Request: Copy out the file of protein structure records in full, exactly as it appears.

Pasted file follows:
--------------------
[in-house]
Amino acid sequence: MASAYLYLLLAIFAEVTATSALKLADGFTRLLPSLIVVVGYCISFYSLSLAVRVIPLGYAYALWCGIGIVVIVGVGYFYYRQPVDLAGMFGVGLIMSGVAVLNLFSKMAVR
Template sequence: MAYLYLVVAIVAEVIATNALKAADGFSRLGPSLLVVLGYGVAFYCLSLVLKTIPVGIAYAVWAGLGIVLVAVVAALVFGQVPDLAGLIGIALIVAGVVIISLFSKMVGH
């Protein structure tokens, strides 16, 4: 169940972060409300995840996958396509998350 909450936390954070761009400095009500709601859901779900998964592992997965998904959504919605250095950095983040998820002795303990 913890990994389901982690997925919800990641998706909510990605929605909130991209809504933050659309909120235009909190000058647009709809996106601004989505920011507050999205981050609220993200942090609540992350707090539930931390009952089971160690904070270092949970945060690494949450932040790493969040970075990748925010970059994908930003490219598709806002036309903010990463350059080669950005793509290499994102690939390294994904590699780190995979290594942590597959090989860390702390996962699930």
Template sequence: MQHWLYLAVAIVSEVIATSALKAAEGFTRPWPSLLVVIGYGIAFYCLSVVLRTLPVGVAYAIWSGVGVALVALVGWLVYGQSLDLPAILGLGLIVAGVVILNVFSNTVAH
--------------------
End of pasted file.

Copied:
[in-house]
Amino acid sequence: MASAYLYLLLAIFAEVTATSALKLADGFTRLLPSLIVVVGYCISFYSLSLAVRVIPLGYAYALWCGIGIVVIVGVGYFYYRQPVDLAGMFGVGLIMSGVAVLNLFSKMAVR
Template sequence: MAYLYLVVAIVAEVIATNALKAADGFSRLGPSLLVVLGYGVAFYCLSLVLKTIPVGIAYAVWAGLGIVLVAVVAALVFGQVPDLAGLIGIALIVAGVVIISLFSKMVGH
């Protein structure tokens, strides 16, 4: 169940972060409300995840996958396509998350 909450936390954070761009400095009500709601859901779900998964592992997965998904959504919605250095950095983040998820002795303990 913890990994389901982690997925919800990641998706909510990605929605909130991209809504933050659309909120235009909190000058647009709809996106601004989505920011507050999205981050609220993200942090609540992350707090539930931390009952089971160690904070270092949970945060690494949450932040790493969040970075990748925010970059994908930003490219598709806002036309903010990463350059080669950005793509290499994102690939390294994904590699780190995979290594942590597959090989860390702390996962699930």
Template sequence: MQHWLYLAVAIVSEVIATSALKAAEGFTRPWPSLLVVIGYGIAFYCLSVVLRTLPVGVAYAIWSGVGVALVALVGWLVYGQSLDLPAILGLGLIVAGVVILNVFSNTVAH